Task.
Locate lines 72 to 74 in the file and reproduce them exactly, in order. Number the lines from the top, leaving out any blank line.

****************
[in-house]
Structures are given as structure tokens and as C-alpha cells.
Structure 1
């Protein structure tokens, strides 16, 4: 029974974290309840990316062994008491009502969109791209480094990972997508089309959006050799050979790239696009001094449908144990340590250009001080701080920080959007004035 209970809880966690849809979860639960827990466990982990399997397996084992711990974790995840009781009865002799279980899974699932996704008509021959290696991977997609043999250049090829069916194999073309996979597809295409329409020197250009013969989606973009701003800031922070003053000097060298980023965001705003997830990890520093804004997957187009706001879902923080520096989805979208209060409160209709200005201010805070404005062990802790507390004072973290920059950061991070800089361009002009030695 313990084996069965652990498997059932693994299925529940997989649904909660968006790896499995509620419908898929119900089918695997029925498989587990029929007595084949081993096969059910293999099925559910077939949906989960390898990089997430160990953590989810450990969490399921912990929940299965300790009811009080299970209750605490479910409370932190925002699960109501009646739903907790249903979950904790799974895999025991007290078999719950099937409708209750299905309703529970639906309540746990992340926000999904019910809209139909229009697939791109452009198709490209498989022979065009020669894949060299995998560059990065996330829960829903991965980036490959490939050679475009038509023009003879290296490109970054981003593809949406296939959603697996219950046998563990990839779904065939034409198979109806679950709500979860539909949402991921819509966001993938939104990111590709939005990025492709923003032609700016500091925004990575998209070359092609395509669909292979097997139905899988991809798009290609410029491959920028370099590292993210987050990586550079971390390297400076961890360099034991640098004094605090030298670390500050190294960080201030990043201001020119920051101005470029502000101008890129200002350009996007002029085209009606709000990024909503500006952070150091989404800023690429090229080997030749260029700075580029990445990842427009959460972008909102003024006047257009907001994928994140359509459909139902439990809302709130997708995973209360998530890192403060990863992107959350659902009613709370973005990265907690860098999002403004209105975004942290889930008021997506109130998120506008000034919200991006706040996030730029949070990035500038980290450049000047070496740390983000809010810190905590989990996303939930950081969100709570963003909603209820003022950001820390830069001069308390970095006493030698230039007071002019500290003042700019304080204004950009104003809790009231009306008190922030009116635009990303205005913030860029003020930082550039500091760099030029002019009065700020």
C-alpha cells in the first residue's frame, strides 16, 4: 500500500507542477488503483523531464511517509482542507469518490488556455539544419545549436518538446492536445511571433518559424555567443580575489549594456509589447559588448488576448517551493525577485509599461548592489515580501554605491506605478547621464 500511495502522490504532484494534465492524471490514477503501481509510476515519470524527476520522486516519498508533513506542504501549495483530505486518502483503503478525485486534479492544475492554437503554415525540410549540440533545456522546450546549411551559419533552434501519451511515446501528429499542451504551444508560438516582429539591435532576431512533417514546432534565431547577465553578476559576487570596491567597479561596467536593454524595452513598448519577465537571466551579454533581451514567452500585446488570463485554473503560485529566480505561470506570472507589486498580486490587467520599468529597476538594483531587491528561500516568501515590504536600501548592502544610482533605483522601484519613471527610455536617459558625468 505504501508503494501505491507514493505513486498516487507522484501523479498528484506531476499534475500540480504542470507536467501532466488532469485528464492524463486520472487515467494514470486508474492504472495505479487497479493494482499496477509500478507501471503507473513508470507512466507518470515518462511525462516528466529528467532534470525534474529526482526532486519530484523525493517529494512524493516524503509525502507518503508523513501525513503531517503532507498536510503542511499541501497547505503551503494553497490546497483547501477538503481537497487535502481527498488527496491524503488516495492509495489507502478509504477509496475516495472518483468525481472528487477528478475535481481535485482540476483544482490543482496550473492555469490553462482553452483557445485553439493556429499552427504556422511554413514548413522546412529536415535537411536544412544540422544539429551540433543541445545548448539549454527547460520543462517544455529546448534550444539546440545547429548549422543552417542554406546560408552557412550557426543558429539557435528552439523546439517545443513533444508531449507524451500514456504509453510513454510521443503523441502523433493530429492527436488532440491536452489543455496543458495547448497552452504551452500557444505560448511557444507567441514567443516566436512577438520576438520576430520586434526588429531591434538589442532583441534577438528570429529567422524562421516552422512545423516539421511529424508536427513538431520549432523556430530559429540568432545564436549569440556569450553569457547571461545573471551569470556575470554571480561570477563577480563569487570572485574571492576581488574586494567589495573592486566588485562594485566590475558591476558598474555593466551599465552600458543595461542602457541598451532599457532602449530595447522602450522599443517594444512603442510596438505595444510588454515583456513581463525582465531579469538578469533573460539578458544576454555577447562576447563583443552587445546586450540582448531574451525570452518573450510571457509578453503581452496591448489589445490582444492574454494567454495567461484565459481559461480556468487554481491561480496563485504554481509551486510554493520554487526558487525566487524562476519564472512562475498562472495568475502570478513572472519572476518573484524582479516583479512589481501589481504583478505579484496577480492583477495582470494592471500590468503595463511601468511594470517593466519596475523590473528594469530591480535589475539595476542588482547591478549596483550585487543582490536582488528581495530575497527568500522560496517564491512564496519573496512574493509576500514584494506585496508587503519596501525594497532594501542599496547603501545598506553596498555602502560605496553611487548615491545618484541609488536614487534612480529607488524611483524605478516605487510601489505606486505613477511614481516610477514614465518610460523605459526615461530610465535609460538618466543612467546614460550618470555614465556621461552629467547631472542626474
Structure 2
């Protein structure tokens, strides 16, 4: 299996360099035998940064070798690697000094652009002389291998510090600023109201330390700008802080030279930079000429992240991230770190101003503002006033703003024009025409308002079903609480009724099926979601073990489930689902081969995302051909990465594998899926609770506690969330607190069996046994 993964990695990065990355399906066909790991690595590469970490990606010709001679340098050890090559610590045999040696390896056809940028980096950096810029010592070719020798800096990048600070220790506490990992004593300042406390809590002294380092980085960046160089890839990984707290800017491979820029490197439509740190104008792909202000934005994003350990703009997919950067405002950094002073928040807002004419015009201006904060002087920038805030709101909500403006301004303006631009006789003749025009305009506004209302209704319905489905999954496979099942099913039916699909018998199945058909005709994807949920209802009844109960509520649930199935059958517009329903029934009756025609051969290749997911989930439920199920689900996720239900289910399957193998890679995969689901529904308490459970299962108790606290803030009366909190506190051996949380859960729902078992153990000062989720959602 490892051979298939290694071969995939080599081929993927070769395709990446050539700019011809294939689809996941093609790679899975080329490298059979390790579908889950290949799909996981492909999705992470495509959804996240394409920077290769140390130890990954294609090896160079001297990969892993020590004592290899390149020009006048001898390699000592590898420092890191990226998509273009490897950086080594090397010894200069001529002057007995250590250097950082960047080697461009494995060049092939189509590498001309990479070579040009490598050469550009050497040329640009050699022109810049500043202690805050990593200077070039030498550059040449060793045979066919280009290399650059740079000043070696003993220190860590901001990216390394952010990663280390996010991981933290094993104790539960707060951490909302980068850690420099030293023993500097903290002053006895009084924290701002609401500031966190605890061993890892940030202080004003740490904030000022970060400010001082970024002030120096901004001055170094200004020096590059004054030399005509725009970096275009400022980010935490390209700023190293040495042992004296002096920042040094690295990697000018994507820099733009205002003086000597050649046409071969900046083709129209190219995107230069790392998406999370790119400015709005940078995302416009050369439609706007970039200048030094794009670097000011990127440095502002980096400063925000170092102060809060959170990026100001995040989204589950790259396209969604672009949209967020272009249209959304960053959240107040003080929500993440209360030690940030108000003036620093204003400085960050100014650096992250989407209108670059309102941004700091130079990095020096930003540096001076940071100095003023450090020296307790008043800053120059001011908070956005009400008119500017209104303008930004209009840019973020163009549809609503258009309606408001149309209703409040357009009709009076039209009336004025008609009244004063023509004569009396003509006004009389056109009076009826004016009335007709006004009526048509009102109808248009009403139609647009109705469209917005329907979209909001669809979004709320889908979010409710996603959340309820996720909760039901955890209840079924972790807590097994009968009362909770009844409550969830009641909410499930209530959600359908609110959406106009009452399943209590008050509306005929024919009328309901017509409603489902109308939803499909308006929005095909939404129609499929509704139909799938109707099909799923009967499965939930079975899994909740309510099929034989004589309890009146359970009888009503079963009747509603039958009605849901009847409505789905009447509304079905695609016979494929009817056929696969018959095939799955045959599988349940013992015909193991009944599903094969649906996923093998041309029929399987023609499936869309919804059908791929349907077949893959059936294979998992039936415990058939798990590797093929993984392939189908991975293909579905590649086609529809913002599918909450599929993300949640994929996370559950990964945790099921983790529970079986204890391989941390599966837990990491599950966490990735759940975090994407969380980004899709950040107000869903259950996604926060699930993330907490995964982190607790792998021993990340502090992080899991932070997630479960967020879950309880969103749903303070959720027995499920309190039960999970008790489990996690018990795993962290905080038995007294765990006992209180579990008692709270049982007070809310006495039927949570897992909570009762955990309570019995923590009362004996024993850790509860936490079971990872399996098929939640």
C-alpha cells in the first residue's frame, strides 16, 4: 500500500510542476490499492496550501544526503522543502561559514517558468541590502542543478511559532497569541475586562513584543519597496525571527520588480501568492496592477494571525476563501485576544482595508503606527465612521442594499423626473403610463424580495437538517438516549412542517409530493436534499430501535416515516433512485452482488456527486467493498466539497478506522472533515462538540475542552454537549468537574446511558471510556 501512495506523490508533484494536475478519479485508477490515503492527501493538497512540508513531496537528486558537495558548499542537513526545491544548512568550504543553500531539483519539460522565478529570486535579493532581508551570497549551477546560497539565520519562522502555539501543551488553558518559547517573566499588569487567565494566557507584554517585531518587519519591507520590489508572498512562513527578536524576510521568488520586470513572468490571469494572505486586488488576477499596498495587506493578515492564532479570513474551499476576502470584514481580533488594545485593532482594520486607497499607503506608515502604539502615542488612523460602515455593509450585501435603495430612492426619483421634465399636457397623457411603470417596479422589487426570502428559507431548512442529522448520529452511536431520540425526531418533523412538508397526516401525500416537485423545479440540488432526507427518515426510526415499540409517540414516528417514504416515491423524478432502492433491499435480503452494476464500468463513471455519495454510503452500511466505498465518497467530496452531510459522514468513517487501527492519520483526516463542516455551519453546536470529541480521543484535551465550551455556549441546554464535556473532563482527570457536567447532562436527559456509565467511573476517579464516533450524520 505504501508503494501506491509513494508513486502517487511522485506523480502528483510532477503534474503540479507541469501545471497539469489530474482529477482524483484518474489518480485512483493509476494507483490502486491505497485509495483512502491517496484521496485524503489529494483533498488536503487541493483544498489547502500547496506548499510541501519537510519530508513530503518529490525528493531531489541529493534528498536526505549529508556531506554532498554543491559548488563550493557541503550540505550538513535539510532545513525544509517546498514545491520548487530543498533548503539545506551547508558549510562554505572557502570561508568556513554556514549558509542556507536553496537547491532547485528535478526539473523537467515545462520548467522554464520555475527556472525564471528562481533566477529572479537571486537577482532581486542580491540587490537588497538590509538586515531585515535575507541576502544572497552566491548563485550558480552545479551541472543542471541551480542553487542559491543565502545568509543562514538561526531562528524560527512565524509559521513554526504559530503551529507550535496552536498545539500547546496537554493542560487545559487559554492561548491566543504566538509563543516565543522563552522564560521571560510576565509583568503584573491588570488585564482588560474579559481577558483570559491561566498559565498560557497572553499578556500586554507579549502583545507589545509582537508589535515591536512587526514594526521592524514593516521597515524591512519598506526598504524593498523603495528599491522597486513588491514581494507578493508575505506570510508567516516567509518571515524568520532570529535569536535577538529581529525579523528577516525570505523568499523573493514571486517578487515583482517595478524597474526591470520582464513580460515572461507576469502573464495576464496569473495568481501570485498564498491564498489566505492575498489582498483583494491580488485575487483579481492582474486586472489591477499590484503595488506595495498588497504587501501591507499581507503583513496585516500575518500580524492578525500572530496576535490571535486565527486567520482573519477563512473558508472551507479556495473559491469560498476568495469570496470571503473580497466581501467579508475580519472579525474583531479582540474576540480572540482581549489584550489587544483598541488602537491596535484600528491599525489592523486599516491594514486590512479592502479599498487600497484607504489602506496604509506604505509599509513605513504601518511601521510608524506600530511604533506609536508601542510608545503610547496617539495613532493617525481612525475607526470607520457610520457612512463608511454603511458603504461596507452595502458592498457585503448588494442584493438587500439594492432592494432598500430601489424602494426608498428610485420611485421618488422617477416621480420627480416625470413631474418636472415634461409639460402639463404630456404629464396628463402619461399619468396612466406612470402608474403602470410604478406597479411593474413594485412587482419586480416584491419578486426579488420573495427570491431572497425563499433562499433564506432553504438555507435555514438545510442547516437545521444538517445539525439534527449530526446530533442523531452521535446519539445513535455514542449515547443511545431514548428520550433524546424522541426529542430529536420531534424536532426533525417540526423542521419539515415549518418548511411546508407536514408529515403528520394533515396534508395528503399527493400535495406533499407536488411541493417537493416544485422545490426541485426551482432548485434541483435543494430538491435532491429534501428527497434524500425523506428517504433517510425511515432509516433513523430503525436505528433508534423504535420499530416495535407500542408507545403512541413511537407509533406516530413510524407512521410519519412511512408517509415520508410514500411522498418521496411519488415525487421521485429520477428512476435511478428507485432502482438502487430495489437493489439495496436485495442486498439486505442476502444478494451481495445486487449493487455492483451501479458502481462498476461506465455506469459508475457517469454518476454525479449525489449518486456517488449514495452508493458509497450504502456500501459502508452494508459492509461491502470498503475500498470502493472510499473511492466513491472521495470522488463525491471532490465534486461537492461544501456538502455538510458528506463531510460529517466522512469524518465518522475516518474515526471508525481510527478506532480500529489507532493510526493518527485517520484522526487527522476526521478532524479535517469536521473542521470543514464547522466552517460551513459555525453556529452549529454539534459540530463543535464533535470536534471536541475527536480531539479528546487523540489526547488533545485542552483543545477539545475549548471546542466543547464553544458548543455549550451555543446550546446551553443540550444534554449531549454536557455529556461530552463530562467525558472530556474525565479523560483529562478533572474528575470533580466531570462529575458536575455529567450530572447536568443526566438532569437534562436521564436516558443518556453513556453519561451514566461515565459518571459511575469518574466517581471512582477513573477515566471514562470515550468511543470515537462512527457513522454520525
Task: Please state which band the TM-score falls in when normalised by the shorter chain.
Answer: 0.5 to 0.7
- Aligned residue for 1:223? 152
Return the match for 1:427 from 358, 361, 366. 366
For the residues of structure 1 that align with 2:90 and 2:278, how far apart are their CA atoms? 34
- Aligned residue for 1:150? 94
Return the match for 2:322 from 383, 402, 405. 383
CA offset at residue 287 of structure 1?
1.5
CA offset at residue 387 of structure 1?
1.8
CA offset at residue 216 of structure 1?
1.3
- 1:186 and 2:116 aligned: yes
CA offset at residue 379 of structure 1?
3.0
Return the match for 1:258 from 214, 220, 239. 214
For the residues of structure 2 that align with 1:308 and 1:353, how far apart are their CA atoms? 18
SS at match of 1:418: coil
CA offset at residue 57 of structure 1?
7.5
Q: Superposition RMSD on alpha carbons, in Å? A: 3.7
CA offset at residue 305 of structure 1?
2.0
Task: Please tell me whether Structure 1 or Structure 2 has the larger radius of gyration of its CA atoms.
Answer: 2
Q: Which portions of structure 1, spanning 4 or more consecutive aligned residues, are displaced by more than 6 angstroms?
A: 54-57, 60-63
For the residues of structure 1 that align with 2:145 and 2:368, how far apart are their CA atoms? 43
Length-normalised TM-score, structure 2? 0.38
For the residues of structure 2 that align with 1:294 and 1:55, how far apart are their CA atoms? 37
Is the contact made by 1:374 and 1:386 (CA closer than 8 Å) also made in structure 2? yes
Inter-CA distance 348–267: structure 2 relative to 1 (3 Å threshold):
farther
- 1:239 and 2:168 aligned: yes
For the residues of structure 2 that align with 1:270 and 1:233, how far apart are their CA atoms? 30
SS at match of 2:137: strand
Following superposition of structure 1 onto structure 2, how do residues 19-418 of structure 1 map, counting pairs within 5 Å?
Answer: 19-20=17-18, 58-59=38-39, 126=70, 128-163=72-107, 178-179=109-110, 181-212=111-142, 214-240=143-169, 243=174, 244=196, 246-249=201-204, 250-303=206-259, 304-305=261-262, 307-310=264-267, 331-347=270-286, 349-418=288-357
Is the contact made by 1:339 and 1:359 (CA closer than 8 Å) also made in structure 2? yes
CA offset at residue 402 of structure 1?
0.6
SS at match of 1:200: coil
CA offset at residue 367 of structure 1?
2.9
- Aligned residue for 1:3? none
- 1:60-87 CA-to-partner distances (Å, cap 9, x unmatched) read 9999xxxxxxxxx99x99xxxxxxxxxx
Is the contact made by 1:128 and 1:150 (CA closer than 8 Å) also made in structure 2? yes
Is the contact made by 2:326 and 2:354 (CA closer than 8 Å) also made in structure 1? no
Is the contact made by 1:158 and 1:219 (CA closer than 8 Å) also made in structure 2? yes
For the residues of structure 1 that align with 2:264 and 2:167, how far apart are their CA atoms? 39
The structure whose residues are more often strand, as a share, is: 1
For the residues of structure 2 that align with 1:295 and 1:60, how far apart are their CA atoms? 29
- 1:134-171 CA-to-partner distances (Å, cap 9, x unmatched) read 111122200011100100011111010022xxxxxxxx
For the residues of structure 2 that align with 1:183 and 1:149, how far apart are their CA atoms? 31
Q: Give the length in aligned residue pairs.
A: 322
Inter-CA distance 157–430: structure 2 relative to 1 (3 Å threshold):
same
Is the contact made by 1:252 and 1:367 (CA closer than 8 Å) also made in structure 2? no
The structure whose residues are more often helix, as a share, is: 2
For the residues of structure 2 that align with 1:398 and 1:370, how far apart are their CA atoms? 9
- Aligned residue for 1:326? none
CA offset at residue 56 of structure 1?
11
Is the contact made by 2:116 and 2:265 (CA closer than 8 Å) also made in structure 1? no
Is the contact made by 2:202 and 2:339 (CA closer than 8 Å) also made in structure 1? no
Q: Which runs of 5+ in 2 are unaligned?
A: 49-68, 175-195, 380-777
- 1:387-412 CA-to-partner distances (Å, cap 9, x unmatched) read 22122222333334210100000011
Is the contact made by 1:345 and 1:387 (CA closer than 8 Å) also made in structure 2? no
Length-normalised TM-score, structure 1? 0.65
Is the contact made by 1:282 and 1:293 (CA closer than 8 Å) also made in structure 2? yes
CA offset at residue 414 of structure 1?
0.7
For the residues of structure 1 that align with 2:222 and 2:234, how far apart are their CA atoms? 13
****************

CA offset at residue 56 of structure 1?
11
Is the contact made by 2:116 and 2:265 (CA closer than 8 Å) also made in structure 1? no